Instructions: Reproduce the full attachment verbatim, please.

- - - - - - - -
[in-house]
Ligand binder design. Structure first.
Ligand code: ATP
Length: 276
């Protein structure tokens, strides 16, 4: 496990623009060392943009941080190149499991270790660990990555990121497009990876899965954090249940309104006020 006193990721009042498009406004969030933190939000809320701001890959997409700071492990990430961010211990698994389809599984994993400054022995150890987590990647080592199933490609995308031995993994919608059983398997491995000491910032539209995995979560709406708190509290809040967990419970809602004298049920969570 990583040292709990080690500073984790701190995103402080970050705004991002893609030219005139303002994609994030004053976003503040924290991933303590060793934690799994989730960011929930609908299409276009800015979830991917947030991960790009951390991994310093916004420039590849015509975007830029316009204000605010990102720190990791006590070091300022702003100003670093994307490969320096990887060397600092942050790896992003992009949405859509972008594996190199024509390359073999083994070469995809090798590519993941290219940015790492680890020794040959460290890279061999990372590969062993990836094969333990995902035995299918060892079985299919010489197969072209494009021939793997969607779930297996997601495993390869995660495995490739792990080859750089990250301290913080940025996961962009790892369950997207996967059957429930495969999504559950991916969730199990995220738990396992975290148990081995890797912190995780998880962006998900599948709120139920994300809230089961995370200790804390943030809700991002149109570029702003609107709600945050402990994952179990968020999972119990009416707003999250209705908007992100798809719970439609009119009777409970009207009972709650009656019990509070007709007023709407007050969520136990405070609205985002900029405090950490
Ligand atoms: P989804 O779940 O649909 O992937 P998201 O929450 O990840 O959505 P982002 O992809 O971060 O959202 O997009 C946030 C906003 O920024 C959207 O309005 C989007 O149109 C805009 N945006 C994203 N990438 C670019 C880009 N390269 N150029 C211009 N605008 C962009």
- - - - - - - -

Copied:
[in-house]
Ligand binder design. Structure first.
Ligand code: ATP
Length: 276
């Protein structure tokens, strides 16, 4: 496990623009060392943009941080190149499991270790660990990555990121497009990876899965954090249940309104006020 006193990721009042498009406004969030933190939000809320701001890959997409700071492990990430961010211990698994389809599984994993400054022995150890987590990647080592199933490609995308031995993994919608059983398997491995000491910032539209995995979560709406708190509290809040967990419970809602004298049920969570 990583040292709990080690500073984790701190995103402080970050705004991002893609030219005139303002994609994030004053976003503040924290991933303590060793934690799994989730960011929930609908299409276009800015979830991917947030991960790009951390991994310093916004420039590849015509975007830029316009204000605010990102720190990791006590070091300022702003100003670093994307490969320096990887060397600092942050790896992003992009949405859509972008594996190199024509390359073999083994070469995809090798590519993941290219940015790492680890020794040959460290890279061999990372590969062993990836094969333990995902035995299918060892079985299919010489197969072209494009021939793997969607779930297996997601495993390869995660495995490739792990080859750089990250301290913080940025996961962009790892369950997207996967059957429930495969999504559950991916969730199990995220738990396992975290148990081995890797912190995780998880962006998900599948709120139920994300809230089961995370200790804390943030809700991002149109570029702003609107709600945050402990994952179990968020999972119990009416707003999250209705908007992100798809719970439609009119009777409970009207009972709650009656019990509070007709007023709407007050969520136990405070609205985002900029405090950490
Ligand atoms: P989804 O779940 O649909 O992937 P998201 O929450 O990840 O959505 P982002 O992809 O971060 O959202 O997009 C946030 C906003 O920024 C959207 O309005 C989007 O149109 C805009 N945006 C994203 N990438 C670019 C880009 N390269 N150029 C211009 N605008 C962009």